Democratic presidential candidates and a congresswoman from South Florida are working overtime to try and end the housing of children who entered the country illegally at the Homestead Detention Facility–but it looks like their efforts will bear no fruit with President Donald Trump signing a border funding bill.
South Bend Mayor Pete Buttigieg was among several Democratic presidential candidates to visit the facility while in South Florida and he said the children do not deserve their fate. Buttigieg called for the facility to be closed, saying outside the detention center, “no one is here to take advantage of America, they are here fleeing for their lives.” He said he wants to go a step further and wants to change the way government runs all prisons, including supporting the elimination of for-profit prisons.
“As long as there is a profit motive to lock people up in this country, we will see more of this,” Buttigieg insisted. “As I understand it, this is American’s first for-profit child prison. Let us not rest until it can be said with certainty that this is America’s last ever for-profit child prison. We stand together and we will get this done.”
U.S. Rep. Debbie Mucarsel-Powell, D-Fla., has been to the facility six times since she was elected to Congress in November. She called the place a “scar on our community” and told Florida Daily that the conditions are terrible.
“There is overcrowding,” she said. “The last time I visited, I saw kids that seemed younger than 13 years old and that is why it is so important to perform oversight of this federal agency that is not a state-licensed facility.”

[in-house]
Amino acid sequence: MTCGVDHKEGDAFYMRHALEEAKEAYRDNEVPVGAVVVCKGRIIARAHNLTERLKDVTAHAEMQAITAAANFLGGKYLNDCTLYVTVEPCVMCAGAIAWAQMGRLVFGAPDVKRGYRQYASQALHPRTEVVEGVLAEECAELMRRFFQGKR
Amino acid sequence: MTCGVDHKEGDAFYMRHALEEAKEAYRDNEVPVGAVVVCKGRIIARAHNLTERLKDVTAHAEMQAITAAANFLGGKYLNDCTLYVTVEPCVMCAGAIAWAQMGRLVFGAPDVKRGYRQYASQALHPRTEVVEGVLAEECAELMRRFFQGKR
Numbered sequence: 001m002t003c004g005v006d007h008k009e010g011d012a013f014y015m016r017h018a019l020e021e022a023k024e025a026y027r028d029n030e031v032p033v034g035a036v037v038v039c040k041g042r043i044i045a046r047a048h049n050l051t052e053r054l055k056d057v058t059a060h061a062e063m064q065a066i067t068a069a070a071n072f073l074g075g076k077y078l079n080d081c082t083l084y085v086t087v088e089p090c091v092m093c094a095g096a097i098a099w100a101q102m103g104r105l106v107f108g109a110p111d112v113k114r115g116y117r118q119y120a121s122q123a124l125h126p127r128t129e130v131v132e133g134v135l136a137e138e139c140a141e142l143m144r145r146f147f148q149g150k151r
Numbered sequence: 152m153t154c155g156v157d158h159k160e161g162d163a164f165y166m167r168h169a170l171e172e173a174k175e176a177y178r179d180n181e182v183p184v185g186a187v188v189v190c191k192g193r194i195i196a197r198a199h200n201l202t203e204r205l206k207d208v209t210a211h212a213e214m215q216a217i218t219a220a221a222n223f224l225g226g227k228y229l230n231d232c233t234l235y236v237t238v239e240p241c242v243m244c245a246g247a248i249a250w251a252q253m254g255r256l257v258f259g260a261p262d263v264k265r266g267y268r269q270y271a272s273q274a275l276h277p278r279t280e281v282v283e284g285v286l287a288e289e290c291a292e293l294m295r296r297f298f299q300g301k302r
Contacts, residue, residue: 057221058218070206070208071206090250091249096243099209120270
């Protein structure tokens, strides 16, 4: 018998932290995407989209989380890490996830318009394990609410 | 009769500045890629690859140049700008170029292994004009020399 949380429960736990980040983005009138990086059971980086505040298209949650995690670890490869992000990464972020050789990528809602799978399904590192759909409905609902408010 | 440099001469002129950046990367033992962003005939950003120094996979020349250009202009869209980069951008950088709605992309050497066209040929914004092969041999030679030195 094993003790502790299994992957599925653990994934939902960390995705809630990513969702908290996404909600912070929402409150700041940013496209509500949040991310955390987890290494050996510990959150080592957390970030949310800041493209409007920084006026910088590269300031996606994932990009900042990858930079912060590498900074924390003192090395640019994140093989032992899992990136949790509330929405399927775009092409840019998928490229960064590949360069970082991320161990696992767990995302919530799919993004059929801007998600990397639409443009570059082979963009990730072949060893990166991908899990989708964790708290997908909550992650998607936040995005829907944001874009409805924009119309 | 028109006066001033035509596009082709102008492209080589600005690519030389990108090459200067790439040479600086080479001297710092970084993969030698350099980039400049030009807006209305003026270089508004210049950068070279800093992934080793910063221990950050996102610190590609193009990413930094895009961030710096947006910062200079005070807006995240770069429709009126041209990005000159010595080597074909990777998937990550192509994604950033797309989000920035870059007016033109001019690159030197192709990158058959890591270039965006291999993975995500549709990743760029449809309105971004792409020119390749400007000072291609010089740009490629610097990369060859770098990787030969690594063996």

Mucarsel-Powell wanted several changes to the bill Trump signed into law, including limiting stays for the children that are brought to the center. She said she wanted “to limit the length of stay for kids that are being held in an influx facility to 90 days” and pointed to her numerous visits to the facility.
“Right now, I have visited that detention facility several times and I have talked to kids that have been there longer than three, four, five, six months,” she told Florida Daily. “One child has been there more than nine months. Many of them have family members in the United States so that provision for me was extremely important.”
The Senate version of the border funding bill got support from both sides of the aisle and passed easily while the House version contained several items Republicans called “poison pills”. It passed on a straight party lines vote. After a threat of veto from Trump, the House agreed to the Senate version and the president signed it into law. Still, Mucarsel-Powell is attacking the president and his policies.
“President Trump has made the suffering of migrant families a cornerstone of his policies. He ran on this issue, and throughout his term, we have seen that he has taken every chance to attack our immigrant community,” she said.
The South Florida Democrat’s solution is to have family members of the children hold them until their deportation hearing.
“If we stare reuniting the kids that are right now in the Homestead Detention Facility, I guarantee that you will see that,” she told Florida Daily. “It is not a huge number of kids that are here that do not have any sponsors.”
The other children would be in group homes until hearings could be held. With the president’s signature, Democrats will have a difficult time changing the law unless they are willing to provide funding for a border wall–something they have avoided so far at all costs.
Reach Mike Synan at firstname.lastname@example.org.
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